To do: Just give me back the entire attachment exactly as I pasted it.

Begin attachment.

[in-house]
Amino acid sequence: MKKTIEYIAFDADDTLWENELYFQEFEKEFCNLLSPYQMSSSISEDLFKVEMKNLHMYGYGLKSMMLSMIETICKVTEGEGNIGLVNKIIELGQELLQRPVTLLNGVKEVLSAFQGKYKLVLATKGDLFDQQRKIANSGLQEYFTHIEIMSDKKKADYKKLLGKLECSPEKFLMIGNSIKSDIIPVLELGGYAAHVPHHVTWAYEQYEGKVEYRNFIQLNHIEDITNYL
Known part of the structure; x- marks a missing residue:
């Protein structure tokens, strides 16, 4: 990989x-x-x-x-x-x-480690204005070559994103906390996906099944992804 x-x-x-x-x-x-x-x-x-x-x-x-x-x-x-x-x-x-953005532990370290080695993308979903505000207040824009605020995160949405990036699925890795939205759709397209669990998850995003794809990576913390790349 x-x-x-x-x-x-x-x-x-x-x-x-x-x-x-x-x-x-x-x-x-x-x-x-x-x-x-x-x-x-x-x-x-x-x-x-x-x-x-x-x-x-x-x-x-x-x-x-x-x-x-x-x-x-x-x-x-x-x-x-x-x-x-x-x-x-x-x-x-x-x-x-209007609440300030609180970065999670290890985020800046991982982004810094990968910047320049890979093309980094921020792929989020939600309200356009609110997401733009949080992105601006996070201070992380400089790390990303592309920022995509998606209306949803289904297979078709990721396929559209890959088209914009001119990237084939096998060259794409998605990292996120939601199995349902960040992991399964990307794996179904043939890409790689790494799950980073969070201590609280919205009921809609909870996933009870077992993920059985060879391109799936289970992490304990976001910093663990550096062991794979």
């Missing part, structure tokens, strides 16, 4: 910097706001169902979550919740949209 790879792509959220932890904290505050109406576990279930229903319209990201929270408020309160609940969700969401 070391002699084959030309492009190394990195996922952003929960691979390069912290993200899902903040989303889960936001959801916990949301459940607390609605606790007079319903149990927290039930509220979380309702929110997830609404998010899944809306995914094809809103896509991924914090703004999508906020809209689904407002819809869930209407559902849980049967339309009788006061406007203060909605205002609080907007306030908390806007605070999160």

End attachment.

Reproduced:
[in-house]
Amino acid sequence: MKKTIEYIAFDADDTLWENELYFQEFEKEFCNLLSPYQMSSSISEDLFKVEMKNLHMYGYGLKSMMLSMIETICKVTEGEGNIGLVNKIIELGQELLQRPVTLLNGVKEVLSAFQGKYKLVLATKGDLFDQQRKIANSGLQEYFTHIEIMSDKKKADYKKLLGKLECSPEKFLMIGNSIKSDIIPVLELGGYAAHVPHHVTWAYEQYEGKVEYRNFIQLNHIEDITNYL
Known part of the structure; x- marks a missing residue:
């Protein structure tokens, strides 16, 4: 990989x-x-x-x-x-x-480690204005070559994103906390996906099944992804 x-x-x-x-x-x-x-x-x-x-x-x-x-x-x-x-x-x-953005532990370290080695993308979903505000207040824009605020995160949405990036699925890795939205759709397209669990998850995003794809990576913390790349 x-x-x-x-x-x-x-x-x-x-x-x-x-x-x-x-x-x-x-x-x-x-x-x-x-x-x-x-x-x-x-x-x-x-x-x-x-x-x-x-x-x-x-x-x-x-x-x-x-x-x-x-x-x-x-x-x-x-x-x-x-x-x-x-x-x-x-x-x-x-x-x-209007609440300030609180970065999670290890985020800046991982982004810094990968910047320049890979093309980094921020792929989020939600309200356009609110997401733009949080992105601006996070201070992380400089790390990303592309920022995509998606209306949803289904297979078709990721396929559209890959088209914009001119990237084939096998060259794409998605990292996120939601199995349902960040992991399964990307794996179904043939890409790689790494799950980073969070201590609280919205009921809609909870996933009870077992993920059985060879391109799936289970992490304990976001910093663990550096062991794979």
């Missing part, structure tokens, strides 16, 4: 910097706001169902979550919740949209 790879792509959220932890904290505050109406576990279930229903319209990201929270408020309160609940969700969401 070391002699084959030309492009190394990195996922952003929960691979390069912290993200899902903040989303889960936001959801916990949301459940607390609605606790007079319903149990927290039930509220979380309702929110997830609404998010899944809306995914094809809103896509991924914090703004999508906020809209689904407002819809869930209407559902849980049967339309009788006061406007203060909605205002609080907007306030908390806007605070999160």